Dr. Delamarche studied chemistry and received a degree in supramolecular chemistry in 1992 from the University Paul Sabatier of Toulouse in France. He received a Ph.D. in biochemistry in 1995 from the University of Zurich, for work done at IBM on the (photo)attachment of proteins on surfaces and was hired in 1997 by IBM as Research Staff Member.
Presentation title: Point-of-care diagnostics 2.0View full abstract
Diagnostics are ubiquitous in healthcare because they support prevention, diagnosis and treatment of diseases. Specifically, point-of-care diagnostics are particularly attractive for identifying diseases near patients, quickly, and in many settings and scenarios. One of our contribution to the field of microfluidics is the development of capillary-driven microfluidic chips for highly miniaturized immunoassays. In this presentation, I will review how to program capillary flow and encode specific functions to form microfluidic elements that can easily be assembled into self-powered devices for immunoassays, reaching unprecedented levels of precision for manipulating samples and reagents. This technology can also be augmented using peripherals and smartphones for flow control and monitoring with sub-nanoliter precision. Finally, counterfeiting of point-of-care diagnostics is an issue, with sometimes dramatic consequences. Using capillary phenomena, we devised a method for producing in chips a complex signal with a “time domain” for authentication of devices. Altogether, capillary-driven elements can bring extremely high control for manipulating sub-microliter volumes of samples and picogram quantities of reagents and may therefore extend the performances of microfluidic devices for point-of-care diagnostics to a next level of precision.
Professor David C. Klonoff, MD, FACP, FRCPE, Fellow AIMBE,
Mills-Peninsula Health Services and University of California San Fransicso, USA
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Continuous glucose monitoring: A review of the technology and clinical use
David C. Klonoff, David Ahn, Andjela Drincic
Diabetes Research and Clinical Practice: Vol 133, November 2017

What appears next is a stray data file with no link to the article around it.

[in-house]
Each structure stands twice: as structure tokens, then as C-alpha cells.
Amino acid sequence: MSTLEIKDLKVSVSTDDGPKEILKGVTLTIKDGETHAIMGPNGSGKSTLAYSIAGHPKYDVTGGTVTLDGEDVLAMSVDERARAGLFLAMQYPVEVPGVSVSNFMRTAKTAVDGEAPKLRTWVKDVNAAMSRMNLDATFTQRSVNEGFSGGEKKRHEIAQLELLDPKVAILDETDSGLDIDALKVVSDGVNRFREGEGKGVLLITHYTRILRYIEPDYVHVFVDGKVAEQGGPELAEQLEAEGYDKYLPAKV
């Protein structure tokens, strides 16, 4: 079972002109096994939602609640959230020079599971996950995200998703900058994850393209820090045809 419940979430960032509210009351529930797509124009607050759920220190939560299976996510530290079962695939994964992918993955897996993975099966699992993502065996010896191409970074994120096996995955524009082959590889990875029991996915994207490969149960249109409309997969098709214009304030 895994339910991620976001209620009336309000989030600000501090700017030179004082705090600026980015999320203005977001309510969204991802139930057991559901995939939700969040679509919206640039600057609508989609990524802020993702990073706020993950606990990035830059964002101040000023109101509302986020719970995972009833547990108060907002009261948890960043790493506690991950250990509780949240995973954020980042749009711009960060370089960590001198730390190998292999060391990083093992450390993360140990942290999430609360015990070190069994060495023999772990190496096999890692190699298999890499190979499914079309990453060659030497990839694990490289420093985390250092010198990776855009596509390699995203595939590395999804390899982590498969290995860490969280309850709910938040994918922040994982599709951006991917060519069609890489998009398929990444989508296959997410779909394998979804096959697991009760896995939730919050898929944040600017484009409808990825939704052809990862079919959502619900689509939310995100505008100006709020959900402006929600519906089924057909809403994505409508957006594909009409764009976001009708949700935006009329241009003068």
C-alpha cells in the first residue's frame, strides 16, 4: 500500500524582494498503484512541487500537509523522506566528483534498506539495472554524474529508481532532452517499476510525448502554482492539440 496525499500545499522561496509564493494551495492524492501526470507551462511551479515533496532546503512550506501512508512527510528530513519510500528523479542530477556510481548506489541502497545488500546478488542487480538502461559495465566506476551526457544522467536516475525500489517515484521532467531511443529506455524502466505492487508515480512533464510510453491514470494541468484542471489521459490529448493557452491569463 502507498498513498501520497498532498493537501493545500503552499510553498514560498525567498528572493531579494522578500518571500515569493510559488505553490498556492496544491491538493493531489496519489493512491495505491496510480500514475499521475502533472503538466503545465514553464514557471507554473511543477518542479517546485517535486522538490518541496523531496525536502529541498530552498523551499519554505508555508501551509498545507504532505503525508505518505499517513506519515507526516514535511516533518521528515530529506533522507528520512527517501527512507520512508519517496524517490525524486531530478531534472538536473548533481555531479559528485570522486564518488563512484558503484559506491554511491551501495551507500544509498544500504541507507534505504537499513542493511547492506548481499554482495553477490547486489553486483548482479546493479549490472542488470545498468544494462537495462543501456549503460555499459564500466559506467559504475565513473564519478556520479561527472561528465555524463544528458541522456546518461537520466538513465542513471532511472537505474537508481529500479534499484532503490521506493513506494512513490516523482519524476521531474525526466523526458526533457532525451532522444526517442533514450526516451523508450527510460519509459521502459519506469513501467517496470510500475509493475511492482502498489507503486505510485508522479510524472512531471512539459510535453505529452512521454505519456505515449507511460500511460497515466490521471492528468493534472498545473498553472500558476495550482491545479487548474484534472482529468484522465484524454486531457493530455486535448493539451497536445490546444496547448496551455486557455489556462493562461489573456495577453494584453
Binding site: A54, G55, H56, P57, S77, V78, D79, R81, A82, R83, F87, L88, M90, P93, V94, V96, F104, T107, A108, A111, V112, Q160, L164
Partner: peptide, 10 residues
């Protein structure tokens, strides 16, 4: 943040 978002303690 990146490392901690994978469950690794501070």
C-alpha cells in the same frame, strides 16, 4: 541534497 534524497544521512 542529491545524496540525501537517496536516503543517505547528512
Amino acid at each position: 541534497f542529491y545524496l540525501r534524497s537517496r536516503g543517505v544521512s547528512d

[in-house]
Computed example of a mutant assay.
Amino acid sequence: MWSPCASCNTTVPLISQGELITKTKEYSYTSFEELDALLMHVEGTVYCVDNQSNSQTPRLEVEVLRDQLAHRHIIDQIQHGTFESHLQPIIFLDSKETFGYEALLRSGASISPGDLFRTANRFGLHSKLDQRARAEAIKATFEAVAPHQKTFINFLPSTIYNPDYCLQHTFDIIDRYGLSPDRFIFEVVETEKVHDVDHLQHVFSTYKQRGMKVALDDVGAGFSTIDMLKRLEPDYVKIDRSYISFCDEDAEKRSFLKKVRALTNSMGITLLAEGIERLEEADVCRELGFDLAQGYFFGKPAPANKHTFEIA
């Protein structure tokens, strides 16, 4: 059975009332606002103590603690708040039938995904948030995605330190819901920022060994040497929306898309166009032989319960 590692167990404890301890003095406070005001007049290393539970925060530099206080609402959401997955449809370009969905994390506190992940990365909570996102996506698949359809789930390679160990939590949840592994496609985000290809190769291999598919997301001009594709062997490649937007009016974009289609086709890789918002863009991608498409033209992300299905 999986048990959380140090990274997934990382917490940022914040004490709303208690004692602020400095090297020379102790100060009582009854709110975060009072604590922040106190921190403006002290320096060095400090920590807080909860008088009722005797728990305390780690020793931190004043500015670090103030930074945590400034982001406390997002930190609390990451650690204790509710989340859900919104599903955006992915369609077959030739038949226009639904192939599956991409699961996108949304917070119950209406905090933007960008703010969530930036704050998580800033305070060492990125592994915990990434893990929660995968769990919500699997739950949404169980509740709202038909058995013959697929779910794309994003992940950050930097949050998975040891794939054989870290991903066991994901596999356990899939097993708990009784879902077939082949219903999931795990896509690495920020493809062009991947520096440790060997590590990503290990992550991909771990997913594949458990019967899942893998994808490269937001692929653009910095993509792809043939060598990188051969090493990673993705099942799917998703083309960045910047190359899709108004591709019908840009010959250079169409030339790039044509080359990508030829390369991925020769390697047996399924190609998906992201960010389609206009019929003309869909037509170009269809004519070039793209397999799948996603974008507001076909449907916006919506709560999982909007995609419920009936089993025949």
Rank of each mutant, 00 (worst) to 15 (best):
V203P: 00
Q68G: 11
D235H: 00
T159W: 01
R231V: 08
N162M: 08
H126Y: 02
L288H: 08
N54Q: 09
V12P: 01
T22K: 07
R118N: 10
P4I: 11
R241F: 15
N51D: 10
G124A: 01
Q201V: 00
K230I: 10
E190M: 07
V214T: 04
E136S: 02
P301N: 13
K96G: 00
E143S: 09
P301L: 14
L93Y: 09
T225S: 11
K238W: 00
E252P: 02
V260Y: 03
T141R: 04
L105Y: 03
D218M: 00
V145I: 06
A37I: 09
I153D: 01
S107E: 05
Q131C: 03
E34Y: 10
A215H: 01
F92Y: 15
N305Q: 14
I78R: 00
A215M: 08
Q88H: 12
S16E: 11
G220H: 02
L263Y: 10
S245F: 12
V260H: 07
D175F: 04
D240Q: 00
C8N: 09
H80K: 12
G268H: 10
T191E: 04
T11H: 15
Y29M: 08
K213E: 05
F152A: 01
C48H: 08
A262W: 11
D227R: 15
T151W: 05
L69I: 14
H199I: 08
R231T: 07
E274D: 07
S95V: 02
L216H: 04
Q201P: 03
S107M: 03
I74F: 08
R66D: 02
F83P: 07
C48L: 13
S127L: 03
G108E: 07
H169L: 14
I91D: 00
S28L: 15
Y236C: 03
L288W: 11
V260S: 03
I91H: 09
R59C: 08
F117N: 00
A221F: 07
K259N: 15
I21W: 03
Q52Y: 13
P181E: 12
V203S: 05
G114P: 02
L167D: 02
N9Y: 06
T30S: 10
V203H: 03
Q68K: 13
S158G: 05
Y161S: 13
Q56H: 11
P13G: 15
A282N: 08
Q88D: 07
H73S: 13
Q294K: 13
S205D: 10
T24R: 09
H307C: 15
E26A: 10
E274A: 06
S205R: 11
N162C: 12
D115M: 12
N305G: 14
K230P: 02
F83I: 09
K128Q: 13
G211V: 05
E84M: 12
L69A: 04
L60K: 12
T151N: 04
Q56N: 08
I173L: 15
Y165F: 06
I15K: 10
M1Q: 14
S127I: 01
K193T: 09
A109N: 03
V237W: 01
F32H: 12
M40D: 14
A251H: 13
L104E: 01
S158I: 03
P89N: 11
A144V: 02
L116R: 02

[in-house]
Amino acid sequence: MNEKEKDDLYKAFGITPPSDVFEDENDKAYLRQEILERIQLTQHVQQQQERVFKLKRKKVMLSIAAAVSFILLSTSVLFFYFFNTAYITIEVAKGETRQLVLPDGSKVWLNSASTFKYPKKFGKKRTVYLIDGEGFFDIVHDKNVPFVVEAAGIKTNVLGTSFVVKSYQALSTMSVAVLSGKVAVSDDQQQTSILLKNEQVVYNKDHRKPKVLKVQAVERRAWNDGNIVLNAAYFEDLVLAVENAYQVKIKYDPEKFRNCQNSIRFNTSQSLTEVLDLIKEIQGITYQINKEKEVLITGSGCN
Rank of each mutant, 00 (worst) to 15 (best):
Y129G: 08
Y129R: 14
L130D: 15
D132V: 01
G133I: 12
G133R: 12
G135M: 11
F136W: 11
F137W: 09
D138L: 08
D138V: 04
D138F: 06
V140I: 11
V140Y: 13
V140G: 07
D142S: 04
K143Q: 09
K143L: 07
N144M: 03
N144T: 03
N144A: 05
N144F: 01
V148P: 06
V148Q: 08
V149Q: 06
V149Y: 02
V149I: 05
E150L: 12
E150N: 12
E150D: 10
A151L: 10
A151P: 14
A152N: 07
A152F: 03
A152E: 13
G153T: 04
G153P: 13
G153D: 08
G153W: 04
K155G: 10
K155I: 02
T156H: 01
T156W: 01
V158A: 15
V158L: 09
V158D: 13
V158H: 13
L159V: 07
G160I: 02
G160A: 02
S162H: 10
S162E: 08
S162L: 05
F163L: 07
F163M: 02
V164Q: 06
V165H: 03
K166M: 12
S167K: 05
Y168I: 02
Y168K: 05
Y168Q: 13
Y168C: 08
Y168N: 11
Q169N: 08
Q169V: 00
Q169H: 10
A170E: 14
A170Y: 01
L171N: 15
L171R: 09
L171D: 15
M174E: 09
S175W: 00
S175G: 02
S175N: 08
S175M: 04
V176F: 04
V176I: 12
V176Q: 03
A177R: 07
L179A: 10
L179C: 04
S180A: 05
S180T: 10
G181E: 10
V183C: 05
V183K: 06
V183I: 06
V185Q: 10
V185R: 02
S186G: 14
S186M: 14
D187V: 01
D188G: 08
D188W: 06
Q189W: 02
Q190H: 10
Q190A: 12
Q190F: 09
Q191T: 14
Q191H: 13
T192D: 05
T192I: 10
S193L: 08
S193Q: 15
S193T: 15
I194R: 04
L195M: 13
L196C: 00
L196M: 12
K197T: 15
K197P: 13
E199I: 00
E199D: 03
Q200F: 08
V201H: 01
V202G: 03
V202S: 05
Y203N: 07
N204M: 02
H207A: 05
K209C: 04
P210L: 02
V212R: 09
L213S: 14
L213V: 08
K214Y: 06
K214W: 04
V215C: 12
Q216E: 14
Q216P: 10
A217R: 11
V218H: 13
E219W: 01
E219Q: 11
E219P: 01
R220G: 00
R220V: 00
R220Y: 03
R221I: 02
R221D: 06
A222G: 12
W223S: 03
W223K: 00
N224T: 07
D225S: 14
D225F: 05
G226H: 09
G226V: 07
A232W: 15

David C. Klonoff, M.D. is an endocrinologist specializing in diabetes technology. He is the Medical Director of the Dorothy L. and James E. Frank Diabetes Research Institute of Mills-Peninsula Health Services in San Mateo, California and a Clinical Professor of Medicine at UCSF.
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Dr. Klonoff graduated from UC Berkeley, where he was elected to Phi Beta Kappa - junior year, and UCSF Medical School, where he was elected to Alpha Omega Alpha - junior year. His postgraduate training included two years at UCLA Hospital and three years at UCSF Hospitals. Dr. Klonoff is cited as among the top 1% of US endocrinologists by Castle Connolly Medical Ltd. He received an FDA Director’s Special Citation Award in 2010 for outstanding contributions to diabetes technology. In 2012 Dr. Klonoff was elected a Fellow of the American Institute of Medical and Biological Engineering and cited as among the top 2% of bioengineers worldwide. He received the 2012 Gold Medal Oration and Distinguished Scientist Award from the Dr. Mohan’s Diabetes Specialties Centre and Madras Diabetes Research Foundation of Chennai, India. Dr. Klonoff was elected a Fellow of the Royal College of Physicians (Edinburgh) in 2015. He was invited to be a Visiting Professor in Japan at the Tokyo University of Agriculture and Technology in 2016. Dr. Klonoff has advised FDA and FTC and performed grant review for NIH, CDC, NASA, NSF, US Army, ADA, JDRF, and five foreign governments. He has been invited to scientific meetings at the White House and the European Parliament.